Painters are frequently afflicted by lengthy obsessions with their subjects. But book artist Ken Leslie’s Space + Time exhibit at Western Carolina University’s Belk Gallery is quite literally a tale without end.
Over the course of a single year, Leslie left his bed each morning to go outside and look at the sky. For six of the seven days in each of the 52 weeks, he created a small (7 by 8 inch) watercolor of what he saw. In some of the paintings, the sky is a hard, cold blue; in others, it’s soft with strips of morning glow — or else pale gray, or dark with approaching or receding storms.
Each of these Sky Journal paintings is annotated: The viewer is told where and when the individual piece was made, the exact time of day it was completed, and the corresponding temperature (in Fahrenheit and centigrade). In fact, a few paintings include frost patterns — spots where the paint froze before the paper could absorb it. Leslie’s notes conclude with a brief mention of the artist’s plans for the day.
These individual paintings were ultimately sewn together in strips, which were then accordion-pleated and turned into a book.
For the WCU exhibit, Sky Journal is presented in seven horizontal rows, one above the other.
Leslie’s other passion is the circle, which he claims “[escaped] the history of art.”
Thus he’s been all too happy to leave behind the prison of the rectangular canvas; the WCU show also includes paintings on throwaway CDs and vinyl records, and works mysteriously enclosed in glass balls.
But however they take shape, all his pieces are location-specific.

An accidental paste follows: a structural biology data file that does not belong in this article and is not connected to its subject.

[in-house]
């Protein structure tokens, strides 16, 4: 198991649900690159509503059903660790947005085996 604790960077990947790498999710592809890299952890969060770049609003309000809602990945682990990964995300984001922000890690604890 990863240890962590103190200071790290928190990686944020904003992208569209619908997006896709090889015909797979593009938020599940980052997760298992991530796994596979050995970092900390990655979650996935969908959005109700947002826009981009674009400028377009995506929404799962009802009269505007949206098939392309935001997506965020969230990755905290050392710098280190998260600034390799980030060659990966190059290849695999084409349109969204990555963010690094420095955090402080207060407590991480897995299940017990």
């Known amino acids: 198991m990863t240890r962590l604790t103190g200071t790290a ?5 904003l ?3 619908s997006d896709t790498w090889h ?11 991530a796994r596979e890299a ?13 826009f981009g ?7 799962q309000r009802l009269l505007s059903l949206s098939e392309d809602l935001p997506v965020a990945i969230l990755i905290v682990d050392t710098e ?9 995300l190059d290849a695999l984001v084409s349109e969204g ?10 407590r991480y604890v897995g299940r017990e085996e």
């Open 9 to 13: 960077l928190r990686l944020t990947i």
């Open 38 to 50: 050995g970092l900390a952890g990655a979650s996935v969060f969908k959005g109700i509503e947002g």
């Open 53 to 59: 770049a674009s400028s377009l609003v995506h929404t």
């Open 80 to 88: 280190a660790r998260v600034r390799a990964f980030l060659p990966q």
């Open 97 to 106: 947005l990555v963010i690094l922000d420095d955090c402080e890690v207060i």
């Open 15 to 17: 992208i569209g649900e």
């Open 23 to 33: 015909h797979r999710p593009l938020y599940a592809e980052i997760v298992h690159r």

“Kotzebue Winter Solstice” is a donut-shaped painting recording a day of perpetual darkness in a small Alaskan town. Each wedge-shaped section of the circle, again annotated, depicts village buildings beneath a shower of the glorious Northern Lights.
In obvious contrast is a work created during 24 hours of daylight in a little Icelandic town, where Leslie found an elevated spot from which to chronicle the path of the sun in the sky, making a wedge-shaped painting for each hour.
These paintings, too, fold into wedge-shaped books. The largest piece, painted on linen, is 10 feet in diameter; the smallest is 2 inches across.
Leslie’s most recent work — a series of seasonal photographs of his home and yard — is likewise stitched into his favorite shape. Titled “Space + Time,” the circular piece has been turned into a limited-edition, one-of-a-kind artist’s book by Nexus Press in Atlanta.
Leslie, currently a visiting artist at WCU, has been a professor of drawing and painting at Vermont’s Johnson State College for more than 20 years. Not surprisingly, he emphasizes to students the importance of maintaining a bedside sketchbook like a writer might keep a journal.
His own work — both in his choice of formats and his close attention to seasons — clearly addresses life’s cyclical nature.
Leslie’s next project, a timeline of his marriage, will be paired with a fictional line depicting the life his wife might have led — had she chosen a man consumed with money, power and other, commoner obsessions.
[Connie Bostic is an artist and writer living in Asheville.]
Space + Time, a collection of works by Ken Leslie, shows at Western Carolina University’s Belk Gallery through Friday, March 19. Hours are Monday through Friday, from 9 a.m.-noon, and from 1-4 p.m. For more information, call 227-3591.